...I have heard talk of how "acid dipped" restorations have had a lot of trouble later on because the acid wasn't washed away properly. Think of the area around a battery tray for example and then think of that inside your rockers / sills.


My choice of product would depend on the condition of the area you are treating. If it has already been treated at some point in its life with a cavity wax then applying a paint-like treatment won't work. Paint doesn't stick to grease. In this case I would go for something like Dinitrol cavity wax.

If it is virginal very very very little surface rust then a paint system would probably work. However with even light surface rust - no matter what it says on the tin (i.e. don't believe the paint straight over rust claims) - a paint will peel off. Peeling paint inside a cavity makes the application of a wax a bit hit and miss - so you mess up your future treatment chances.

I think that generally speaking a decent cavity wax with rust inhibitors is probably going to be best. But you can over cook it and put too much in a cavity. If you do this and you clog up the drains then you end up with an emulsion that aids corrosion (think water in an automatic transmission - eeek!)
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Old 03-12-2014, 09:54 AM
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There's another product called fluid film or something like that, uses lanoline to coat the internal frame bits, and seems to be very effective, as it seems to be popular in marine applications.
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Old 03-12-2014, 07:48 PM
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Thanks everyone for all the great suggestions. Based on the fact that I am trying to protect existing metal that is not virgin, nor easily cleaned, my plan is to use a oily spray called CorrosionX HD (heavy duty). It seems similar to the second Eastwood product I linked to above. The reviews on amazon are very positive:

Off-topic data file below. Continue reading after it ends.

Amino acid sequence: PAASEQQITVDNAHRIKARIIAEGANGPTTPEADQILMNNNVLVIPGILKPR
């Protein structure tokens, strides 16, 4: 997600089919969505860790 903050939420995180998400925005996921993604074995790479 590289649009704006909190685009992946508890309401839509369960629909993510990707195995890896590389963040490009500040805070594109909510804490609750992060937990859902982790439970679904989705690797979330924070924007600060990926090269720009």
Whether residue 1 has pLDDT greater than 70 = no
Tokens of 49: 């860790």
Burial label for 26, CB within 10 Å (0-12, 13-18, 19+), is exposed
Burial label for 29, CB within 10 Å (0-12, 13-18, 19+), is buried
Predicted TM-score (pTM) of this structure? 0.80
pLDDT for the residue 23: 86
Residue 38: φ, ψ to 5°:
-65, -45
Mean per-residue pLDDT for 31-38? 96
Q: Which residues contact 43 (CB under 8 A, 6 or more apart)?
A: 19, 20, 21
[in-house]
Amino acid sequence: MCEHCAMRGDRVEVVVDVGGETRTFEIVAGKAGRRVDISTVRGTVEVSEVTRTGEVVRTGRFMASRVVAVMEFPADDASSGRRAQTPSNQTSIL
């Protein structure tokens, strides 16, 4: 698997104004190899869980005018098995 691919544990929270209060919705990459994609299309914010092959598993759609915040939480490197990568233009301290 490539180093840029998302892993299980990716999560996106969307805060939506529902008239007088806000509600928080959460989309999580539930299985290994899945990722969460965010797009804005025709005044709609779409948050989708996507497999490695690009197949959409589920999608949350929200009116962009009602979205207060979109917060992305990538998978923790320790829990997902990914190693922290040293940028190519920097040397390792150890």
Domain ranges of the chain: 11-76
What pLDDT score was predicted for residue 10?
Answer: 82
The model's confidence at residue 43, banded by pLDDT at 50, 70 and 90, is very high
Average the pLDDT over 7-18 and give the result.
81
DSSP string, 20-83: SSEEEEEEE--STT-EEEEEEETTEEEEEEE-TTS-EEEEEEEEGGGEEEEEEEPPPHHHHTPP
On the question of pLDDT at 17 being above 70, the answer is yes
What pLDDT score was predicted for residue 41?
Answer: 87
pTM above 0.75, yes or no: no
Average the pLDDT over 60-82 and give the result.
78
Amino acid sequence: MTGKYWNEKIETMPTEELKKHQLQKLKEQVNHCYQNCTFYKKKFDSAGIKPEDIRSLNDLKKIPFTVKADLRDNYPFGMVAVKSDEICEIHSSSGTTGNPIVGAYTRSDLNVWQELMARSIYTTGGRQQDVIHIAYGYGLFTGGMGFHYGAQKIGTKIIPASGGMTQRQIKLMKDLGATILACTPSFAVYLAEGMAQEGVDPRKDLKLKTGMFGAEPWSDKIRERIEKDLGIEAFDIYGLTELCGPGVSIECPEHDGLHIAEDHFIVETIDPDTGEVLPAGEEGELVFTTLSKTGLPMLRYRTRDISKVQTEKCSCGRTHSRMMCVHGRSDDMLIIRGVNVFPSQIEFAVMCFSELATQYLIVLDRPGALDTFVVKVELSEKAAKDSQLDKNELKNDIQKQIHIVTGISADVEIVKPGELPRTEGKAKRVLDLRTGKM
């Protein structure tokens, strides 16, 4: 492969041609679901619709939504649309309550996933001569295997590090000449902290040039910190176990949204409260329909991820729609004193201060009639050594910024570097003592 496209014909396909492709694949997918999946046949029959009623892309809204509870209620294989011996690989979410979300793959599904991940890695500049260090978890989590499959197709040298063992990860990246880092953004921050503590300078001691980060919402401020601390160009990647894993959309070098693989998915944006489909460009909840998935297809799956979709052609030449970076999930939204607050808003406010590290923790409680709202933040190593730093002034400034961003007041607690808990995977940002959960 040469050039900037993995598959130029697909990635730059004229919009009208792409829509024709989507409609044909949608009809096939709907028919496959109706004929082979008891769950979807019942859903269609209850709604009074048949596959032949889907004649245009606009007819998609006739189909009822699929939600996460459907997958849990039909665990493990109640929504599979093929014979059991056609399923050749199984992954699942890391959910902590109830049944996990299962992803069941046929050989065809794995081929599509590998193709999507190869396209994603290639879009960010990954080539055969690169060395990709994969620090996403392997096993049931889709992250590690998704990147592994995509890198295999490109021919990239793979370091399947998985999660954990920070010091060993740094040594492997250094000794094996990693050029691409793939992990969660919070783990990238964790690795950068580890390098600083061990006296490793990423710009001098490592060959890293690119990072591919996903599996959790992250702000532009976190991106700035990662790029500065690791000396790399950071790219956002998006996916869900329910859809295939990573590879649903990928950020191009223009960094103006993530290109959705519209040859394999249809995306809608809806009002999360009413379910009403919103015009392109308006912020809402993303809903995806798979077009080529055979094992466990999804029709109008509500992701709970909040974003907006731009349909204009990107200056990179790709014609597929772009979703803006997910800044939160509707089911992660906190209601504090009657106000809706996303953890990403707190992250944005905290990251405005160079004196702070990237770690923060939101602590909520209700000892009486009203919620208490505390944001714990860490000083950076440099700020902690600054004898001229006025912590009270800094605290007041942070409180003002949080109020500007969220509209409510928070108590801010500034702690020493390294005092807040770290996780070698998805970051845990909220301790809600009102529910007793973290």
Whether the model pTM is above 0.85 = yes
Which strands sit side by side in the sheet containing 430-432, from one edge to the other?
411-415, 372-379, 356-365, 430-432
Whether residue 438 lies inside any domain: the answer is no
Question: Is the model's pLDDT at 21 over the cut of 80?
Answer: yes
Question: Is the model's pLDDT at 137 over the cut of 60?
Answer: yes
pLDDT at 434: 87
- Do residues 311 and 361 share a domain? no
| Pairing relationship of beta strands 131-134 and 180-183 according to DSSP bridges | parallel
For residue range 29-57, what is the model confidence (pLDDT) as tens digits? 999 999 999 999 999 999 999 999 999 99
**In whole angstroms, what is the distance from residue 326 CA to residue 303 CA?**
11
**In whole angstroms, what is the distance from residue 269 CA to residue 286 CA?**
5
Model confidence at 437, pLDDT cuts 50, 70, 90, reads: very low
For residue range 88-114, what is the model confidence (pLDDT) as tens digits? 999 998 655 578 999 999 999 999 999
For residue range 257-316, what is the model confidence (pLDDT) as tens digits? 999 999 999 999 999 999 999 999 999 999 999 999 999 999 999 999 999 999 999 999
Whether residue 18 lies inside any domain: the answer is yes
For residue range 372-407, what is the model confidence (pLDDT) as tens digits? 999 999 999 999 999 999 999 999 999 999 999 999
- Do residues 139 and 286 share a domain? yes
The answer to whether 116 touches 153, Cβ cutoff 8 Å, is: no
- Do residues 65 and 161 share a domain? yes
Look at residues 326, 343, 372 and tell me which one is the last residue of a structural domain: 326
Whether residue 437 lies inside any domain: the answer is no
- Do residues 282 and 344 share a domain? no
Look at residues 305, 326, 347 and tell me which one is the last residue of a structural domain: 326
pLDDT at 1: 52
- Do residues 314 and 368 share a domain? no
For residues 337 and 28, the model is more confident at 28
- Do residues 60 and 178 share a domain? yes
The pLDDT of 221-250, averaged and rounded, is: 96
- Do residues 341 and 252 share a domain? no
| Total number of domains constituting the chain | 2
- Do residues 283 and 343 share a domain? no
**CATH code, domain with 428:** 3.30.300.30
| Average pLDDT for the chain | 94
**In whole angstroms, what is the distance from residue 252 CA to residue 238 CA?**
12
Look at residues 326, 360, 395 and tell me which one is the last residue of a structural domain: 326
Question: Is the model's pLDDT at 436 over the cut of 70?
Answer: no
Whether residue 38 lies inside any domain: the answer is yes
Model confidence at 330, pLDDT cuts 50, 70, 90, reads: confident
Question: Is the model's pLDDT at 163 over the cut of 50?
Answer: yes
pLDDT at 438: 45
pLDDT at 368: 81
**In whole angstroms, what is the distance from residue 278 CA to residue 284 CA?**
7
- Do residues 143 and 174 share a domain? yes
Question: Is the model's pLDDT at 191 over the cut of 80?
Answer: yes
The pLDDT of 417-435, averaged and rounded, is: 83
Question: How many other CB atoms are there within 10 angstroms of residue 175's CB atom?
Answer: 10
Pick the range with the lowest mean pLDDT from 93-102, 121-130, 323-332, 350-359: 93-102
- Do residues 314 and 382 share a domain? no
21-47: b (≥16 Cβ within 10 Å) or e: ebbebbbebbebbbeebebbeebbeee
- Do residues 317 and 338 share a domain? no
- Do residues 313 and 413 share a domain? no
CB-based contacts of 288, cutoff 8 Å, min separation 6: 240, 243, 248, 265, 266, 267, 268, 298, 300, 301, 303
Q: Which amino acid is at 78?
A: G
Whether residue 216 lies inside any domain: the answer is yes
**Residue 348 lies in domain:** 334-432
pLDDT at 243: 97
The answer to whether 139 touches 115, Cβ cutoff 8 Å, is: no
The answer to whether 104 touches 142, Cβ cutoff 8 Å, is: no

http://www.amazon.com/Corrosion-X-90104-Heavy-Duty-12oz/dp/B0009H1AMG/
It is a thicker version of this product, which also has good reviews:
http://www.amazon.com/CorrosionX-Lubricant-Penetrant-aerosol-90102/dp/B0009E1QWI/ref=cm_cr_pr_product_top
It is sold by both of the aircraft sites that 97SL320 mentioned above, which is where I learned of it. So thanks again for all the help.
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Old 03-12-2014, 08:20 PM
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Quote:
Originally Posted by crazy4diesel View Post
There's another product called fluid film or something like that, uses lanoline to coat the internal frame bits, and seems to be very effective, as it seems to be popular in marine applications.
Stretch nailed it. On an old car, you have no idea of what you are trying to treat, nor any way of preparing the surface.

I used Fluid Film insome areas as well as Krown and Rustcheck sprays. Latter two are the most common rust treatments most of us use each year in Canada.

Most of these products need to be done regularly. No magic potions
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Old 03-13-2014, 05:03 AM
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Quote:
Originally Posted by Graham View Post
Stretch nailed it...
Cheers mate!